Mahatma Gandhi as alights at  station
Sources:i2.wp
Mahatma Gandhi's Assassination
On 30 January, 1948 Gandhiji was shot in chest by Nathuram Godse. He passed away the same day. The whole nation was gripped in grief. Nathuram Godse was arrested, tried and later sentenced to death, by law
Mahatma Gandhi
Mahatma Gandhi's Literary works
Gandhi edited many newspapers like Harijan, Indian Opinion, Young India and authored many books, including his biography 'The Story of My Experiments with Truth', which had true accounts of his life. Almost all of Mahatma Gandhi's work were collectively published under name 'The Collected Works of Mahatma Gandhi'
Mahatma Gandhi Ashram Sabarmati
Mahatma Gandhi's Awards and recognitions:
➯ Mahatma Gandhi was named Man of the Year in 1930 by Time Magazine
➯ Mahatma Gandhi was the runner up, when Albert Einstein was named Person of the Century
➯ Mahatma Gandhiji Peace prize is given by the Government of India in memory of Gandhiji
➯ Mahatma Gandhiji was named as one of the top 25 political icons of all time, by the Time Magazine
Mahatma Gandhi's Trivia:
➯ Mohandas Karamchand Gandhi was born on 02 October 1869
➯ Mahatma Gandhiji's father was the diwan of Porbandar
➯ Mahatma Gandhiji Married Kasturbai when he was 13 years old and had 4 sons with her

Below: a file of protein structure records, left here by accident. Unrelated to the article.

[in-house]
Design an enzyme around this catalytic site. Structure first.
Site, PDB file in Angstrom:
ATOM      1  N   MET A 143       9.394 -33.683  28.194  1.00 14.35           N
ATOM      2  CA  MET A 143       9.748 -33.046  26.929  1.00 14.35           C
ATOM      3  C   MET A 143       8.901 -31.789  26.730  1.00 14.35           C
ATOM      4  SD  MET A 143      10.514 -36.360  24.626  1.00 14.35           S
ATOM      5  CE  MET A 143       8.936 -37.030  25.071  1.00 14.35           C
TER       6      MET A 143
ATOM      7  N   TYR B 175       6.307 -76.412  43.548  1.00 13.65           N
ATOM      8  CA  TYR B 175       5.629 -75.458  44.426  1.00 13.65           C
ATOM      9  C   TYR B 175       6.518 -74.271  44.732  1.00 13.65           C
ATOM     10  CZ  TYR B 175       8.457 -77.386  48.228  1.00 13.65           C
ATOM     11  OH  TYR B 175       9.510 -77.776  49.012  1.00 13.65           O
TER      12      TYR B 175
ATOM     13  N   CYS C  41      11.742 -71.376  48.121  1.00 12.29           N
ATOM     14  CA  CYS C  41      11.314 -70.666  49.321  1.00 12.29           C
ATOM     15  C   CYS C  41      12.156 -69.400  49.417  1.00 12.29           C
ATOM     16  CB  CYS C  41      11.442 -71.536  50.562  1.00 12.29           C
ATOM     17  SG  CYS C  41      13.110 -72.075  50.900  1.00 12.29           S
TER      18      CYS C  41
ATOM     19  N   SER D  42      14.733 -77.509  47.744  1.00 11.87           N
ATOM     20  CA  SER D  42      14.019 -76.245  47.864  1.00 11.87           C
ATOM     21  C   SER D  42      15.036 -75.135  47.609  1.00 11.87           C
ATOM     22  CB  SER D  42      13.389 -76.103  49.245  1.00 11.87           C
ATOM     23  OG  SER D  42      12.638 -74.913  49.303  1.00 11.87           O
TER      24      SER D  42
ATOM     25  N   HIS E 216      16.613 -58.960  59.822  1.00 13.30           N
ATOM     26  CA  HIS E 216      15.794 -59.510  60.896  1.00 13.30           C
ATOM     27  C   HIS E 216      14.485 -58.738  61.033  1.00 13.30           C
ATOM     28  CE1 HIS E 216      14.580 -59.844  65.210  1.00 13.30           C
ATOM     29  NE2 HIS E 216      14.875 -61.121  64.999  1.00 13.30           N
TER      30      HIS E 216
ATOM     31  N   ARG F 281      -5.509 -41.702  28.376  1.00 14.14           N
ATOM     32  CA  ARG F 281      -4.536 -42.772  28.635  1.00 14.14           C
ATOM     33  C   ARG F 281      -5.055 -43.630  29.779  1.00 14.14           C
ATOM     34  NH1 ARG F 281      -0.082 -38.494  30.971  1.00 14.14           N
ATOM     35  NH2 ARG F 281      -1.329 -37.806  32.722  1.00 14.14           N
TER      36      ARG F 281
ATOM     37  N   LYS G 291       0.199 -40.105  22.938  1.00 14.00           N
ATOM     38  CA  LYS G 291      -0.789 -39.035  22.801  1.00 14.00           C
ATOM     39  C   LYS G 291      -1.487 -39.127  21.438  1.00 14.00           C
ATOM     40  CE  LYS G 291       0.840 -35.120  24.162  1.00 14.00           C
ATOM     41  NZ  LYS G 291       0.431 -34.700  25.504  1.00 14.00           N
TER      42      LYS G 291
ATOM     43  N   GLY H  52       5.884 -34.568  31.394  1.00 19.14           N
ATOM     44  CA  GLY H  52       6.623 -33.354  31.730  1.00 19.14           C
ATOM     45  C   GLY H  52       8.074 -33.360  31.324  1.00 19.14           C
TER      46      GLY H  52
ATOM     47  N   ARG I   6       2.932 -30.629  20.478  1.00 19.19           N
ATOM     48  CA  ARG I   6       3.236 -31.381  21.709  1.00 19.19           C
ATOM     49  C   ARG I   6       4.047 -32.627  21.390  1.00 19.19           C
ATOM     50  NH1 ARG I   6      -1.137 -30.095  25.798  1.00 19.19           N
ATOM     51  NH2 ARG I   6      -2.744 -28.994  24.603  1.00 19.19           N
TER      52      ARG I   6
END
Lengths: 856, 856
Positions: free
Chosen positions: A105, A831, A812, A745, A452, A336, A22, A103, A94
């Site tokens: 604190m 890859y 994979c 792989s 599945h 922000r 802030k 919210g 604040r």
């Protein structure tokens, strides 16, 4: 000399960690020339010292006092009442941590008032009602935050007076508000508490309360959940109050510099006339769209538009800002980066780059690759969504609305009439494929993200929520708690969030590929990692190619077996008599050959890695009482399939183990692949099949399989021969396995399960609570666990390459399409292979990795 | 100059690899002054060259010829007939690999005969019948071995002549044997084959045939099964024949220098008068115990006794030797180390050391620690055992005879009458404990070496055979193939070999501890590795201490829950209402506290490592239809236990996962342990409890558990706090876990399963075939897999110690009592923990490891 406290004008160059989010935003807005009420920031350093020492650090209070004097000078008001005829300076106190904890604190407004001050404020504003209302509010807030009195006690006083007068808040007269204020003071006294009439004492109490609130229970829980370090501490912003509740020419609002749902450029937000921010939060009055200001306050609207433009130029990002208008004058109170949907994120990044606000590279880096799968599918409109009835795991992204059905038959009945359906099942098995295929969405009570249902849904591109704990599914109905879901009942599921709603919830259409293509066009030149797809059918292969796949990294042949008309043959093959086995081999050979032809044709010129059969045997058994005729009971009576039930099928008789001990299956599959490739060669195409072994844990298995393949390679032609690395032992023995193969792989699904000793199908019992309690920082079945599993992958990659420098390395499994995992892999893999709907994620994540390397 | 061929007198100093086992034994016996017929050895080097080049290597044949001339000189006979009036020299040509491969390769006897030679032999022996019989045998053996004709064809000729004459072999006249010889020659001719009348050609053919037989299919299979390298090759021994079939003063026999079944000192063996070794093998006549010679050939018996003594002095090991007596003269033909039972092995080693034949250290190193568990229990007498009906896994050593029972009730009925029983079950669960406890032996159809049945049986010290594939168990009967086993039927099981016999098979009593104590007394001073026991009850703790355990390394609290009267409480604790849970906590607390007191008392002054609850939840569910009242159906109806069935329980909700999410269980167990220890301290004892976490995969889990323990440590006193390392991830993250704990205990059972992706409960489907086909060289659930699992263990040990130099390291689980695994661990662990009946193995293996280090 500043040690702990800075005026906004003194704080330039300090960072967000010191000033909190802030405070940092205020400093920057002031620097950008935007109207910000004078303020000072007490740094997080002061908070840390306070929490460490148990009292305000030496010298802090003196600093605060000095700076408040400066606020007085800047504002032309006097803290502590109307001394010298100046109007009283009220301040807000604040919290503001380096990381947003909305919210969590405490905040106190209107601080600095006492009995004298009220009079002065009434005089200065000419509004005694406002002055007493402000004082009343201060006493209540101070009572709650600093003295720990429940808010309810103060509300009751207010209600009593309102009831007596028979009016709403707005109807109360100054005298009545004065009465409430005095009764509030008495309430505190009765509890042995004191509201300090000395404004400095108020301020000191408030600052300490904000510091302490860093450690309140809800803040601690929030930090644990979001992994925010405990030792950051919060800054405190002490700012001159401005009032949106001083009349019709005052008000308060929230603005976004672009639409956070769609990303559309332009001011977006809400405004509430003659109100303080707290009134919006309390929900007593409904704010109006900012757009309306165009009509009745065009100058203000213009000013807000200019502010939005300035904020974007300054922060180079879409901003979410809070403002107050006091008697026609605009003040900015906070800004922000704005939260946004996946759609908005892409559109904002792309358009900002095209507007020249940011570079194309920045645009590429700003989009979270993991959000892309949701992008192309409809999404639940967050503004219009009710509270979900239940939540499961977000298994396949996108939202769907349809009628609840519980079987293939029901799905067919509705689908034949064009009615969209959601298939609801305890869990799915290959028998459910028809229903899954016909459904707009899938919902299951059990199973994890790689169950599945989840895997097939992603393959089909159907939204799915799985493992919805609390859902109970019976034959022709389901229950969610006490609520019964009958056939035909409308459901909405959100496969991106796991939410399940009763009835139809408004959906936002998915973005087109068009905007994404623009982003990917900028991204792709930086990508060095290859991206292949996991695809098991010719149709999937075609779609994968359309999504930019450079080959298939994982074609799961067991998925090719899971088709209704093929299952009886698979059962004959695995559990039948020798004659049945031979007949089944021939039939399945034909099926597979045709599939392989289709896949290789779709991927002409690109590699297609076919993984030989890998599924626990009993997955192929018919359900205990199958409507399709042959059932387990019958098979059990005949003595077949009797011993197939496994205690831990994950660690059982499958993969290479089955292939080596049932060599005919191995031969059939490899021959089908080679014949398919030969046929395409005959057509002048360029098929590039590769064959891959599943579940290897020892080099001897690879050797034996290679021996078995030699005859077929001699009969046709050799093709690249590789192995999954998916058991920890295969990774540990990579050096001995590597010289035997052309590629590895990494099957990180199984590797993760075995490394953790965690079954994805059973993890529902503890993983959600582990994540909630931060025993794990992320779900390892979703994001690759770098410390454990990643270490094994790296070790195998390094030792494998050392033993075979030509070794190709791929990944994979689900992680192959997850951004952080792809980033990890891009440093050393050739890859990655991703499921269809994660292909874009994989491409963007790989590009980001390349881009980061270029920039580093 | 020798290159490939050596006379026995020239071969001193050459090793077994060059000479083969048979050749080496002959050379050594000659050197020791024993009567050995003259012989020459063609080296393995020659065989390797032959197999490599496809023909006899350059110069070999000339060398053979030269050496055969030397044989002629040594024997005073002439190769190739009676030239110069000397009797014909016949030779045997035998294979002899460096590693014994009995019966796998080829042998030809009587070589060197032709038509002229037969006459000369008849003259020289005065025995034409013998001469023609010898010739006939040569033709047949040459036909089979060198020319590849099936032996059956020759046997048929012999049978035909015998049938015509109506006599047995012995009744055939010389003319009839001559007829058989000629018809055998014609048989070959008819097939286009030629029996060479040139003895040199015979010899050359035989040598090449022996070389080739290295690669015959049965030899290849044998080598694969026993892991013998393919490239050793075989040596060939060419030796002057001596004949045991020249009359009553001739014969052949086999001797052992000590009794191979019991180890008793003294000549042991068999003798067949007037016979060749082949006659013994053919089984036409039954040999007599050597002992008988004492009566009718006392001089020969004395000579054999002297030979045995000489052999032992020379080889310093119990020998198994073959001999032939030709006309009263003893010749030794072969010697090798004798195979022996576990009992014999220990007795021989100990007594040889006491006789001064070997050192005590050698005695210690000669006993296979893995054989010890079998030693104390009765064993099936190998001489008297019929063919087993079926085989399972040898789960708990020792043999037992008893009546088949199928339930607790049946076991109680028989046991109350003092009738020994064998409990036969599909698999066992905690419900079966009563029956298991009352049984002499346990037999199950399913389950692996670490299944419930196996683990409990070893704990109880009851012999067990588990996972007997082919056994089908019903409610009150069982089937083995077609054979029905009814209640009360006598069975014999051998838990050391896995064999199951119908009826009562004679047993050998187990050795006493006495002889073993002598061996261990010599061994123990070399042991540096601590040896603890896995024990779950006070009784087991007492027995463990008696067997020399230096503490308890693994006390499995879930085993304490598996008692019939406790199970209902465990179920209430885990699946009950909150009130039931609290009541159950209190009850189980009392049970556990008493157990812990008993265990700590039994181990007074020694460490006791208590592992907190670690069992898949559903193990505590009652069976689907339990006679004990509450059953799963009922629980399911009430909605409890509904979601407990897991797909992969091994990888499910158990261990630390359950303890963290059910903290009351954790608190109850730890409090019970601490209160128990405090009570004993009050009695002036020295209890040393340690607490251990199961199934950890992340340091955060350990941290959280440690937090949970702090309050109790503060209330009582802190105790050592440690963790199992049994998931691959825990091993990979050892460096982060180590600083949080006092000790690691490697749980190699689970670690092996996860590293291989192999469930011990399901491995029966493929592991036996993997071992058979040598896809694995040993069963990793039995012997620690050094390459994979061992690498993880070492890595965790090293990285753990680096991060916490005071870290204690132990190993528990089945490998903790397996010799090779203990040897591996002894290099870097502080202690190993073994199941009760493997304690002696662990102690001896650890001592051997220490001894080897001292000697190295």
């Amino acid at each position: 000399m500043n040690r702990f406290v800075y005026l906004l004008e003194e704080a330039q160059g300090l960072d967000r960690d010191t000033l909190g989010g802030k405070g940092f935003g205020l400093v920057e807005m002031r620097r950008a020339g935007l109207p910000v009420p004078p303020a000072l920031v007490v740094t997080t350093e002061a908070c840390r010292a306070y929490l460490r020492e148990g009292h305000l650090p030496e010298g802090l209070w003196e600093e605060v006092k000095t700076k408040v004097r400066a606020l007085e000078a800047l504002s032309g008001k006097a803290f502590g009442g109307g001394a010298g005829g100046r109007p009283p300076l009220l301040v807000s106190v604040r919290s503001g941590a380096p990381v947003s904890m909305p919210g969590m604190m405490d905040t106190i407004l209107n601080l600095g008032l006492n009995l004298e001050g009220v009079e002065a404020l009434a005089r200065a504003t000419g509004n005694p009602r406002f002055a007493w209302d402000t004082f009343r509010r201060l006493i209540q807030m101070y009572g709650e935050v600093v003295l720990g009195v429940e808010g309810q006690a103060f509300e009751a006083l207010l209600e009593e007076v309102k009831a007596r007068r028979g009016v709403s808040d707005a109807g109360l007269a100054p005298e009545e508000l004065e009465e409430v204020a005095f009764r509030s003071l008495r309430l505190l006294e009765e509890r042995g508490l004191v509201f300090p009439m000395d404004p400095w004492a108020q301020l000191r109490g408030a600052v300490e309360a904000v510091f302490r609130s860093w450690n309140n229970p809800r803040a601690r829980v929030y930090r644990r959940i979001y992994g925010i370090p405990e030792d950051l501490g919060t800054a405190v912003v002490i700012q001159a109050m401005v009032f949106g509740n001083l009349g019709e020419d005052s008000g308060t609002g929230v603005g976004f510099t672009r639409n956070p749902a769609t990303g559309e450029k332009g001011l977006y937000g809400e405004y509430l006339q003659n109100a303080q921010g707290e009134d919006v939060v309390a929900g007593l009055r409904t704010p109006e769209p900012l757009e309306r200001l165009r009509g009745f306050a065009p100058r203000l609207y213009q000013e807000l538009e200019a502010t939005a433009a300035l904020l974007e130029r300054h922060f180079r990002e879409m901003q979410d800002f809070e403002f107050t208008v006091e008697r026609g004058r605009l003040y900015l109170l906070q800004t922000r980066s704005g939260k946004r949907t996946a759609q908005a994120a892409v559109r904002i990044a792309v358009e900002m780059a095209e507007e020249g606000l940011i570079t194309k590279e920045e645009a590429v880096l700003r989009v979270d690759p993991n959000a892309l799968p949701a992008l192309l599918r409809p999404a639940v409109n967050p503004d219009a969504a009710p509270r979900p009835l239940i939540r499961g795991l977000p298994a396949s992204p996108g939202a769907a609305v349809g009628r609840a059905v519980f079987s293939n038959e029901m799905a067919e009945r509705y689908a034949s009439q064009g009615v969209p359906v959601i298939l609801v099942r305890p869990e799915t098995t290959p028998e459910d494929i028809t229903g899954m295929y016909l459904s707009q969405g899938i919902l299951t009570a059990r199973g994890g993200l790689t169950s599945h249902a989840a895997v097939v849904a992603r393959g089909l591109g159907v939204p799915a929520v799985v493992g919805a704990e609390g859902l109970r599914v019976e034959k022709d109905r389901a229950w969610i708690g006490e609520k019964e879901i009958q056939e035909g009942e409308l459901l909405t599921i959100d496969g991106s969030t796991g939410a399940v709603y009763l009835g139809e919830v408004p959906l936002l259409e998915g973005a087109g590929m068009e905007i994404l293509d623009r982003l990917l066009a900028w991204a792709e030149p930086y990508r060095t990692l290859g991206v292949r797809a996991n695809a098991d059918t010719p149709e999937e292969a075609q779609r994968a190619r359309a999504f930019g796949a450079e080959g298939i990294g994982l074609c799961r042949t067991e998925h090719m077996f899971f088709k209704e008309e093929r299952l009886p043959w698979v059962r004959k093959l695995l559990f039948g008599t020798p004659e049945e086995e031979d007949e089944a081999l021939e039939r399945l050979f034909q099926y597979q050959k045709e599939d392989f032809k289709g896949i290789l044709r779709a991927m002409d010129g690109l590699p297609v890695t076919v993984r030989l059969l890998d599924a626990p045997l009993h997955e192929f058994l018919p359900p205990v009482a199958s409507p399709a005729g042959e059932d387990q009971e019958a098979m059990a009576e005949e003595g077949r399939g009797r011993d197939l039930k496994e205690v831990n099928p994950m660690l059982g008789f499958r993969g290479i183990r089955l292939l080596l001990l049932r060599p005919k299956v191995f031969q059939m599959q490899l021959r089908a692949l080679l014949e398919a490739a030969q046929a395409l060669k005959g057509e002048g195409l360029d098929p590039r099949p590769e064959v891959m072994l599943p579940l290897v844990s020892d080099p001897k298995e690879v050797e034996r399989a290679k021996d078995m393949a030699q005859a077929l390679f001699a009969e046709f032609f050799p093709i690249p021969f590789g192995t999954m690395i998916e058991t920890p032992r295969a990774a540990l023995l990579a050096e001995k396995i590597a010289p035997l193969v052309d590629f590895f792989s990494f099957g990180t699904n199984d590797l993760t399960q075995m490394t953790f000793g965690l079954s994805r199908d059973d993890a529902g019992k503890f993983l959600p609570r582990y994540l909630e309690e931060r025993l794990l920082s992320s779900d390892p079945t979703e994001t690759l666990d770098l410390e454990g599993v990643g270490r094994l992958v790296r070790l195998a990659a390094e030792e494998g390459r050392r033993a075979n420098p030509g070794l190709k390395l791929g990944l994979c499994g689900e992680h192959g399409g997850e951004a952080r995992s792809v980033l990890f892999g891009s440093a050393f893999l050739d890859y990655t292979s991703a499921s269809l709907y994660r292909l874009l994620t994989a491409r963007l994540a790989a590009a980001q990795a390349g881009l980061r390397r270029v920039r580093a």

➯ Mahatma Gandhi went to London to study law and later to South Africa
➯ Mahatma Gandhiji started Satyagraha in South Africa against the oppression of people of Indian decent
➯ Mahatma Gandhiji went to Champaran and Kheda to support the movement of peasants
➯ Mahatma Gandhiji supported Khilafat movement and led the Non-Cooperation movement
➯ Mahatma Gandhiji made a pact with Lord Irwin to free the political prisoners in India
➯ Mahatma Gandhiji went to London to attend Round-table conferences
➯ Gandhiji started the Quit-India movement in 1942
➯ Mahatma Gandhiji was assassinated on 30 January 1948 by Nathuram Godse
Mahatma Gandhi's personal Quotes:
➯ "The woes of the Mahatmas are known only to the Mahatmas"
➯ "An eye for an eye will make the whole world blind"
➯ "As we didn't know much about marriage, for us it meant only wearing new clothes, eating sweets and playing with relatives."
➯ Karo ya maro ("Do or die")
➯ In reality there are as many religions as there are individuals
➯ It is not possible to make a person or society non-violent by compulsion
➯ No action which is not voluntary can be called moral
➯ Any action that is dictated by fear or by coercion of any kind ceases to be moral
➯ There is no such thing as slow freedom. Freedom is like a birth. Till we are fully free we are slaves
➯ To believe in something, and not to live it, is dishonest
Sources:wikipedia